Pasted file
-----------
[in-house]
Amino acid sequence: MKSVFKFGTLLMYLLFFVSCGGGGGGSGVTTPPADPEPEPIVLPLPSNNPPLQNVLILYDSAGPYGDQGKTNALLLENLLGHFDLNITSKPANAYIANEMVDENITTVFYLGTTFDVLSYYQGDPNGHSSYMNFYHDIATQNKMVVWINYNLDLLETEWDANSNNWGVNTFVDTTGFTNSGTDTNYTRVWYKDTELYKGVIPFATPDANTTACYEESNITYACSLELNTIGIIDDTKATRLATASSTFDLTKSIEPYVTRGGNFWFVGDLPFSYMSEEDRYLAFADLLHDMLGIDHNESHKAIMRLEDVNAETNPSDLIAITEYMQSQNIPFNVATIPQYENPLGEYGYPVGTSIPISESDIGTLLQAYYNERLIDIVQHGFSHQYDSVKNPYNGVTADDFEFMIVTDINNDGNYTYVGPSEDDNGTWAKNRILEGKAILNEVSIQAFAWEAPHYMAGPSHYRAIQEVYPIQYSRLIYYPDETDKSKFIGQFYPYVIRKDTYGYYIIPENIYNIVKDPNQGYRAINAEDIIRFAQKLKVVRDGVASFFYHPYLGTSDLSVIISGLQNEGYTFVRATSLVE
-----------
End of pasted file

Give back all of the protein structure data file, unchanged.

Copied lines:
[in-house]
Amino acid sequence: MKSVFKFGTLLMYLLFFVSCGGGGGGSGVTTPPADPEPEPIVLPLPSNNPPLQNVLILYDSAGPYGDQGKTNALLLENLLGHFDLNITSKPANAYIANEMVDENITTVFYLGTTFDVLSYYQGDPNGHSSYMNFYHDIATQNKMVVWINYNLDLLETEWDANSNNWGVNTFVDTTGFTNSGTDTNYTRVWYKDTELYKGVIPFATPDANTTACYEESNITYACSLELNTIGIIDDTKATRLATASSTFDLTKSIEPYVTRGGNFWFVGDLPFSYMSEEDRYLAFADLLHDMLGIDHNESHKAIMRLEDVNAETNPSDLIAITEYMQSQNIPFNVATIPQYENPLGEYGYPVGTSIPISESDIGTLLQAYYNERLIDIVQHGFSHQYDSVKNPYNGVTADDFEFMIVTDINNDGNYTYVGPSEDDNGTWAKNRILEGKAILNEVSIQAFAWEAPHYMAGPSHYRAIQEVYPIQYSRLIYYPDETDKSKFIGQFYPYVIRKDTYGYYIIPENIYNIVKDPNQGYRAINAEDIIRFAQKLKVVRDGVASFFYHPYLGTSDLSVIISGLQNEGYTFVRATSLVE